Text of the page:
Forex Market And Exchange Rates

Forex Market And Exchange Rates

Forex Market And Exchange Rates

What Is Forex Market?

The forex market is a place where people can buy, sell, exchange, and speculate on different currencies. Banks, commercial companies, central banks, investment management firms, hedge funds, and retail forex brokers and investors make up the forex market. The currency market is the largest financial market, with daily transactions exceeding $5 trillion, more than the futures and equity markets combined.
Currency was pegged to precious metals like gold and silver until World War I. However, after WWII, the system collapsed and was replaced by the Bretton Woods agreement. As a result of this agreement, three international organisations were formed to facilitate global economic activity. The International Monetary Fund (IMF), the General Agreement on Tariffs and Trade (GATT), and the International Bank for Reconstruction and Development were the organisations in question (IBRD). The new system also replaced gold as the international currency's peg with the US dollar. The US government has promised to back up dollar supplies with gold reserves of equal value.
When US President Richard Nixon announced a "temporary" suspension of the dollar's convertibility into gold in 1971, the Bretton Woods system became obsolete. Currencies are now free to choose their own peg, with supply and demand in international markets determining their value. Banks, forex dealers, commercial companies, central banks, investment management firms, hedge funds, retail forex dealers, and investors make up the foreign exchange markets.

Types of Exchange Rate And Currency Movements

An exchange rate between two currencies (also known as a foreign-exchange rate, forex rate, or rate) is the rate at which one currency is exchanged for another in finance. It is also known as the value of a country's currency in terms of another country's currency. The number of units of a local currency required to purchase one unit of an internationally recognised standard currency, usually the US Dollar, is referred to as the exchange rate. The exchange rate regime describes how a government manages its currency in relation to other currencies and the foreign exchange market. The fixed rate, floating rate, and managed rate are the three main types of exchange rate systems.

1.    Fixed Exchange Rate

A fixed exchange rate, also known as a pegged exchange rate, is an exchange rate regime in which the value of a currency is pegged to the value of another single currency, a basket of currencies, or another measure of value, such as gold. A fixed exchange rate system's goal is to keep the value of a currency within a narrow range.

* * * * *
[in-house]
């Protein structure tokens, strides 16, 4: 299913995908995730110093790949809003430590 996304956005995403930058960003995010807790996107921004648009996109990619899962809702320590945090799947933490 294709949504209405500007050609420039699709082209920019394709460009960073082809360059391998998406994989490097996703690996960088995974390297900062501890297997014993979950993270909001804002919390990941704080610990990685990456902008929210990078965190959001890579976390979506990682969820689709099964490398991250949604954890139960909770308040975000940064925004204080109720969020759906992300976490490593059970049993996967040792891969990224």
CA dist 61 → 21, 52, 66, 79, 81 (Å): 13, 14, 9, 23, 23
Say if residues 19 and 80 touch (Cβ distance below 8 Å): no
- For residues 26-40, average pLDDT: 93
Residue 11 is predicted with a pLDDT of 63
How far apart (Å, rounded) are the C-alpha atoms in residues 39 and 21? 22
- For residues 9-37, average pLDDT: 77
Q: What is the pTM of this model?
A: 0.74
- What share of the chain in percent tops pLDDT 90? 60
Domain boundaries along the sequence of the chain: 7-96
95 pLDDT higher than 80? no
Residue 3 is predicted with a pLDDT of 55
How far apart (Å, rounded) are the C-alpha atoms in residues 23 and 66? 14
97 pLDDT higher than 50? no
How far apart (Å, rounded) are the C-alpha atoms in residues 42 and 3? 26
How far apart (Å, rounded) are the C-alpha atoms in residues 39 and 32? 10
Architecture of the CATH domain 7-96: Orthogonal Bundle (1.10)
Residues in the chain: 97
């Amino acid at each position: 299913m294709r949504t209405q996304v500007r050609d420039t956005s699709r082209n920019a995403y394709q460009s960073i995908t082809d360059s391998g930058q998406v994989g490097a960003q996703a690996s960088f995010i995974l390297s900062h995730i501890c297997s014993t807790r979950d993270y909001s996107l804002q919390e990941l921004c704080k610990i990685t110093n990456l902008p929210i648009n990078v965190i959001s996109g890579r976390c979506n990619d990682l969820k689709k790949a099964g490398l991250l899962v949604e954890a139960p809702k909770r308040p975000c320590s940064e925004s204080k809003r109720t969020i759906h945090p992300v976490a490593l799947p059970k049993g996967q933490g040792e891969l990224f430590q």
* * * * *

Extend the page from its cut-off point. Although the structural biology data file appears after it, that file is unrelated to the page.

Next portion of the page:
Few economists believe fixed rates give exporters and importers more certainty. Fixed rates also assist the government in maintaining low inflation, which helps to keep interest rates low and stimulate trade and investment in the long run. China's fixed exchange rate is well-known. It was one of the few countries that could impose a fixed rate by making trading its currency at any other rate illegal.
Forex Market And Exchange Rates

2.    Floating Exchange Rate

A floating exchange rate, also known as a fluctuating exchange rate, is an exchange rate regime in which the value of a currency is allowed to fluctuate freely according to the foreign exchange market. The exchange rate in a floating exchange rate is determined by the market forces of demand and supply. It's also known as the freely floating exchange rate or market exchange rate.
Floating currency is a currency that uses a floating exchange rate. A floating currency, such as the dollar, is an example. Floating exchange rates, according to many economists, are the best possible exchange rate regime because they automatically adjust to economic conditions. These regimes allow a country to mitigate the effects of shocks and foreign business cycles, as well as avoid a balance of payments crisis. As a result of their dynamism, they also generate unpredictability.

3.    Managed Exchange Rate

In most cases, the central bank will set a range within which the value of its currency can freely fluctuate. If the currency's value falls below the range's floor or rises above the range's ceiling, the central bank intervenes to bring it back into range. A managed float regime is a cross between fixed and floating. A managed float captures the benefits of floating regimes while allowing central banks to intervene and reduce the risk of negative consequences from the radical currency fluctuations that are common in floating regimes.

Dirty Floatation

Managed float regimes, also known as dirty floats, are where exchange rates fluctuate from day to day and central banks buy and sell currencies to try to influence their countries' exchange rates. Since central banks and governments intervene to influence the value of their currencies, almost all currencies are managed. As a result, if a country claims to have a floating currency, it is almost certainly a managed float.

Any suggestions or correction in this article - please click here ([email protected])

Related Posts: